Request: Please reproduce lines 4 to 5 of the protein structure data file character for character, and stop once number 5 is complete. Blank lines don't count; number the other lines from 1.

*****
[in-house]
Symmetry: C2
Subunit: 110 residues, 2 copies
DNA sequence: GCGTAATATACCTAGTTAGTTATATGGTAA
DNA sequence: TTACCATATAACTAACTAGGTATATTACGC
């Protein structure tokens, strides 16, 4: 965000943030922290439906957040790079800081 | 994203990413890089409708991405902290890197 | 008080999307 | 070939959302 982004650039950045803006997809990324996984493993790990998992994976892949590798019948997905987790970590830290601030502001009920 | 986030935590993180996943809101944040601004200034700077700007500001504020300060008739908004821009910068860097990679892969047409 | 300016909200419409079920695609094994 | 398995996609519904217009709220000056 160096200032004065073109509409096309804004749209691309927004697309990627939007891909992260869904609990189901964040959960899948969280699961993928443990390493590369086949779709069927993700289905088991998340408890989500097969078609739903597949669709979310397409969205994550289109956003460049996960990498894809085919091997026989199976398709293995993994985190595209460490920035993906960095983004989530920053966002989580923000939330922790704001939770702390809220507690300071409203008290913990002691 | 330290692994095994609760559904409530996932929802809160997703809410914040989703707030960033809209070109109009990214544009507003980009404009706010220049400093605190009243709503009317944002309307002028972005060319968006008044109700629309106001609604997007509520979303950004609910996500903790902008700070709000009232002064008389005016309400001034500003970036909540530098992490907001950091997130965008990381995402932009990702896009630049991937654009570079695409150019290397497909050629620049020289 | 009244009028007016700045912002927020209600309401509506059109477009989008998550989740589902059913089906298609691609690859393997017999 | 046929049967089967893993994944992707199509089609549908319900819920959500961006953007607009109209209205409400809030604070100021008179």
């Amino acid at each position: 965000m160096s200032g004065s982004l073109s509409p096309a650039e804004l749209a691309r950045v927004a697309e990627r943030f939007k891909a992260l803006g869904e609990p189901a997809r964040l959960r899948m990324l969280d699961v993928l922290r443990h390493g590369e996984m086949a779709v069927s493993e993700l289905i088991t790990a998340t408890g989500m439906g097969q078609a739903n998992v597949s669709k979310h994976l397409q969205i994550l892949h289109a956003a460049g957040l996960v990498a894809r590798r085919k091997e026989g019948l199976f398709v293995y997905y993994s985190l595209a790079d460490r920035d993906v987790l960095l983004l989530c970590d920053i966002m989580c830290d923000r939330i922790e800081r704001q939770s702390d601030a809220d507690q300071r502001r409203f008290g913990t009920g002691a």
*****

DNA sequence: GCGTAATATACCTAGTTAGTTATATGGTAA
DNA sequence: TTACCATATAACTAACTAGGTATATTACGC